Aligned, stacked photo with unwanted edges

The shot above shows how much more of the scene is now in focus, but there are stacking artifacts all around the border of the frame. It usually looks like the original image is floating on a pond.

Use the left-mouse to draw a rectangle around the portion of the stacked image you want to save. Then, select the “File | Save Rectangle As” option and save the final cropped image into a “jpeg” file with the desired quality. If you want to edit the shot further, you can also save the shot in TIF format or BMP format. The un-cropped stacked shot will be automatically saved in a sub-folder called “Output”.

Finished hand-held stack result “Do Weighted Average”

Depending upon your image, you might want to try some of the other stacking macros. Some stacked images have a small amount of ghosting, and either a different stacking macro or selecting a subset of the input images may help rid the ghosting. Most artifacts show up on the edges of the frame, so if the main subject fills a little less of the frame, you may have less editing work to do later. Depending upon the subject, the fineness of the focus shift per shot and other factors, different macros will perform better than others. You’re encouraged to try each to see what works best.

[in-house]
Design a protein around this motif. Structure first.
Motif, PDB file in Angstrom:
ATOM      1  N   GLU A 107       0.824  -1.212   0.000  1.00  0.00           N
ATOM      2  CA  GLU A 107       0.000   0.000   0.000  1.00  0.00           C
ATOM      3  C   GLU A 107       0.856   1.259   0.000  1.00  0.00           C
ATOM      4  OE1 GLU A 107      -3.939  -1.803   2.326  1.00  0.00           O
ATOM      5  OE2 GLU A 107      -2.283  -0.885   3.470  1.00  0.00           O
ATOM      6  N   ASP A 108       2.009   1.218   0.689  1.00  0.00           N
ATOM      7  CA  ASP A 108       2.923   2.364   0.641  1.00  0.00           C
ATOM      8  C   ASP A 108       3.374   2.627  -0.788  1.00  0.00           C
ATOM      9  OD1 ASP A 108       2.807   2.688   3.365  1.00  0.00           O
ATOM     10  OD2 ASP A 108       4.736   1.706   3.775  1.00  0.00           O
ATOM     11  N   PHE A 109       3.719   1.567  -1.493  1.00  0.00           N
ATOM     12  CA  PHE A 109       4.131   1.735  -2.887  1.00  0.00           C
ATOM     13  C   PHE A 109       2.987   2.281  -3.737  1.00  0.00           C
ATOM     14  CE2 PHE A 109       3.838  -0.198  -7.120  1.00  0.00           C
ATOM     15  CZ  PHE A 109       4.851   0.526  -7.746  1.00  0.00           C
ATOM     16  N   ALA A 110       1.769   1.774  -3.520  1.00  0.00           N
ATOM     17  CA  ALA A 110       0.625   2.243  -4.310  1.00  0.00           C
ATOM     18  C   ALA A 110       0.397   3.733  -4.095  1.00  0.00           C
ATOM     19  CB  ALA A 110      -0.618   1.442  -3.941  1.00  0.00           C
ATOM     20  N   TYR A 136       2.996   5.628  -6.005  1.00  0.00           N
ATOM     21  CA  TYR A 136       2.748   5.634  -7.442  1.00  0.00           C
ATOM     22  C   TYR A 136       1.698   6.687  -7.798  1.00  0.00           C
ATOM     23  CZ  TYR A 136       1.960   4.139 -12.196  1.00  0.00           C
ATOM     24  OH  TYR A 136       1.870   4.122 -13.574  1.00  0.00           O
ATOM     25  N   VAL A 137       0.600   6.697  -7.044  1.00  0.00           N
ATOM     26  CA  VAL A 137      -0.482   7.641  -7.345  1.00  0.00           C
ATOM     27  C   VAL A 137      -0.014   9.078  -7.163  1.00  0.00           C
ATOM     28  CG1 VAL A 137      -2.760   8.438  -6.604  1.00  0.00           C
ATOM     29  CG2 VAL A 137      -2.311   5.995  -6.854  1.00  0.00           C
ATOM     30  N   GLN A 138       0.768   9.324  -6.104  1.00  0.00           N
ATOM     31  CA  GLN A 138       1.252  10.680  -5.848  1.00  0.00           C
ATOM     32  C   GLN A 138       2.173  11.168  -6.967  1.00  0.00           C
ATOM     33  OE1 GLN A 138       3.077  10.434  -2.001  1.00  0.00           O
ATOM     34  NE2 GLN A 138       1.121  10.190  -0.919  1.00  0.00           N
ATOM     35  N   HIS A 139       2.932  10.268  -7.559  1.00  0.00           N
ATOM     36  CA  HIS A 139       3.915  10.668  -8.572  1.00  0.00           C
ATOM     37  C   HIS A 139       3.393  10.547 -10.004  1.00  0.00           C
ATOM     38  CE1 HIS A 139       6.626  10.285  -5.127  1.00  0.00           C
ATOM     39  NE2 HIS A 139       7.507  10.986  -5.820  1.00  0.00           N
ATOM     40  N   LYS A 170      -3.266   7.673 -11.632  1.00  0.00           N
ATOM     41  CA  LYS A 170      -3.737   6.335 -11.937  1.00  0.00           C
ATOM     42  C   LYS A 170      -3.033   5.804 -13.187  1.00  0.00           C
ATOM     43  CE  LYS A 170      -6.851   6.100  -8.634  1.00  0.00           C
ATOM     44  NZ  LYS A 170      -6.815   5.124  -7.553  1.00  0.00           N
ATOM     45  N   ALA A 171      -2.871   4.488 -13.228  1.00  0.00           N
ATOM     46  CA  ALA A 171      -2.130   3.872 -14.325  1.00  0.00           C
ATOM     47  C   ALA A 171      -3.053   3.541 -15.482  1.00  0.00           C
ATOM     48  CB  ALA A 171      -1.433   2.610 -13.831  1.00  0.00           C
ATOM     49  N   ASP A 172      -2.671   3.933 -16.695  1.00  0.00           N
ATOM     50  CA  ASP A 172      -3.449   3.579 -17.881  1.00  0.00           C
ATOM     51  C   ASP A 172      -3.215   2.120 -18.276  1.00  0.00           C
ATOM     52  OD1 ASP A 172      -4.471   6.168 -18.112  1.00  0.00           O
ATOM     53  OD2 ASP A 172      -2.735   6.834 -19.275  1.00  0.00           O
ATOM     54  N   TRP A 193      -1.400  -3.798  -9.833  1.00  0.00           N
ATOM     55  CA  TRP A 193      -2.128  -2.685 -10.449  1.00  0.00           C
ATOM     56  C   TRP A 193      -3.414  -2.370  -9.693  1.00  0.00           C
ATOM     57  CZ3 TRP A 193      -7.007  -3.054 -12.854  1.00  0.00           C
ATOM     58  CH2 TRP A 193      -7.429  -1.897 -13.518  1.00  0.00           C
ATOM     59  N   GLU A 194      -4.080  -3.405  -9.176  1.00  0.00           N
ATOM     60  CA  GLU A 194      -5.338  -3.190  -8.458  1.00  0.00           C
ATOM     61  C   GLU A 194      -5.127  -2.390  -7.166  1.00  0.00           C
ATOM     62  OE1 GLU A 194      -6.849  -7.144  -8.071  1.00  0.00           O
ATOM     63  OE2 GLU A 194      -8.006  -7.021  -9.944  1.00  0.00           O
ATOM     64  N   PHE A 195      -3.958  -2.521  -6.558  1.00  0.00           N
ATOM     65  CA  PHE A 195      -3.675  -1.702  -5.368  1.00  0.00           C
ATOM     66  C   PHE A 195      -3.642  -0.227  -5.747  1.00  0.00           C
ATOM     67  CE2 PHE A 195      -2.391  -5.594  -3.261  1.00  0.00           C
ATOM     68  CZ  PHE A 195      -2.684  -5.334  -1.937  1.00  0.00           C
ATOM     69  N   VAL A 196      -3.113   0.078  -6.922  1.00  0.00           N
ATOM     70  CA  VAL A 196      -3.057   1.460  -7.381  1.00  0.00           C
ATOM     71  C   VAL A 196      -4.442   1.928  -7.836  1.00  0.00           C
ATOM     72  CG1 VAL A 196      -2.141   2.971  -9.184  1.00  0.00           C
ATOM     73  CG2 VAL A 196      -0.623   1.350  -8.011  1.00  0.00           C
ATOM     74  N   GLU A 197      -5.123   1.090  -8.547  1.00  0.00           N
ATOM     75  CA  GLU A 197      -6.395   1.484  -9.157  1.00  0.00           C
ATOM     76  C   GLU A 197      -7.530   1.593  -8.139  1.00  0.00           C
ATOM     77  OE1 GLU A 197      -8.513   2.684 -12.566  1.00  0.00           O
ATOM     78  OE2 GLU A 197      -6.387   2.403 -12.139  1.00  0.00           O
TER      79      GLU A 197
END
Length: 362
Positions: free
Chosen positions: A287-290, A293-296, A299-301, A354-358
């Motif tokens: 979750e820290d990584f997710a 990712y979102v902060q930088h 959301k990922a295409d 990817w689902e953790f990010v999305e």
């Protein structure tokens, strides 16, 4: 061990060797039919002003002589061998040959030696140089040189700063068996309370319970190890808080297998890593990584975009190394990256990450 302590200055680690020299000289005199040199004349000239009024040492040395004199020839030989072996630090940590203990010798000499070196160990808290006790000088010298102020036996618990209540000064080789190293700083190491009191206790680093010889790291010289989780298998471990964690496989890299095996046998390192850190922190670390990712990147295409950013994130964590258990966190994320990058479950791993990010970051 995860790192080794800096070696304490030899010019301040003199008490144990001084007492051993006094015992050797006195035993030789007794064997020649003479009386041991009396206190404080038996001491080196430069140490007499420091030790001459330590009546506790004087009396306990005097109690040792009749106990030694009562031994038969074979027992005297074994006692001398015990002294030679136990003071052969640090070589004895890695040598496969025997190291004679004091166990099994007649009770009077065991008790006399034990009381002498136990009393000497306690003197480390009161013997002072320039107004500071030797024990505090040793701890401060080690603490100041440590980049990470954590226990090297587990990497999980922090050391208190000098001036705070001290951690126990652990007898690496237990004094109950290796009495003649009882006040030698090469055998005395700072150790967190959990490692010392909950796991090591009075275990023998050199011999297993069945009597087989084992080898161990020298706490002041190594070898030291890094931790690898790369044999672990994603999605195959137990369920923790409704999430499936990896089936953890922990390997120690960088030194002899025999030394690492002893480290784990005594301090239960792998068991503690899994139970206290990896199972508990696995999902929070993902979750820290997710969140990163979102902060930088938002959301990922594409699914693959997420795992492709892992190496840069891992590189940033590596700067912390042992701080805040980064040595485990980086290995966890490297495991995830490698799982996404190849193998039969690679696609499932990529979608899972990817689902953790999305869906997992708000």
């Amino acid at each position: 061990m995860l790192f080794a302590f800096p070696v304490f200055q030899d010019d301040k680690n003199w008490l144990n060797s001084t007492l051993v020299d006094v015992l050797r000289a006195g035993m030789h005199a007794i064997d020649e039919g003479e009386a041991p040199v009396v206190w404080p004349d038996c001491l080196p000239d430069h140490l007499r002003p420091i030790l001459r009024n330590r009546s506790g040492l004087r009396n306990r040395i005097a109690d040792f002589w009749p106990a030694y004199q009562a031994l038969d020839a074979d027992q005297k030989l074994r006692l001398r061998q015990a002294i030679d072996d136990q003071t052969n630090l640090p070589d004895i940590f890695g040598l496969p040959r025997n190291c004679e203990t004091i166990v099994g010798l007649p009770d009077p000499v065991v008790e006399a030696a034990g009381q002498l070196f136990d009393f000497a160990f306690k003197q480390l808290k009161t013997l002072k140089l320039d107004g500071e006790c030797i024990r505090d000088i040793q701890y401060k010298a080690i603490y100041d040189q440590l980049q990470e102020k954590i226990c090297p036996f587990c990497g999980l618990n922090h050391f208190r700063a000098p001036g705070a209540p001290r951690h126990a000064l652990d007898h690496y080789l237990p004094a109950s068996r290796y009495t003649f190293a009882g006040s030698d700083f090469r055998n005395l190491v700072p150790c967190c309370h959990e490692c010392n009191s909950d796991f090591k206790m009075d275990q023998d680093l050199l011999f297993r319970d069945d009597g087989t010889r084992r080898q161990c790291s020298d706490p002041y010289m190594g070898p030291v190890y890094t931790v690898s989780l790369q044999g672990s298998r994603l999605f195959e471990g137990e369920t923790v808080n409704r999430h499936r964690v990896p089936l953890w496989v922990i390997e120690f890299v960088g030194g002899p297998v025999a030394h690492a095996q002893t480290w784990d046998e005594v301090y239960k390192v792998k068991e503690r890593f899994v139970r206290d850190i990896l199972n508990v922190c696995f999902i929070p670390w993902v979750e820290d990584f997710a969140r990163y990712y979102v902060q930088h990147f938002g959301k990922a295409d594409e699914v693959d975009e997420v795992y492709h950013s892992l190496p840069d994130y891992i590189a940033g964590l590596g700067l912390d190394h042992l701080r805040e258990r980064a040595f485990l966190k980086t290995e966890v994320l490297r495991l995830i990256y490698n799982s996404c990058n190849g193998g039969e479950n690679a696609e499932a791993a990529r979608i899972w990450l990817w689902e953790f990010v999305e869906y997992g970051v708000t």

If you end up with a small amount of edge ghosting, you can use a ‘healing brush’, clone-stamp, etc. to fix up the final image. The worse you are at holding still while shooting hand-held, the better the chance of having some little ghosts haunting your stacked photo.

Notice above how much more of the scene is in focus, compared to the shot at the top of this article. What you don’t notice is that the hand-held stack is perfectly aligned; it looks like I must have used a tripod to get that perfect alignment.

Tripod-mounted stack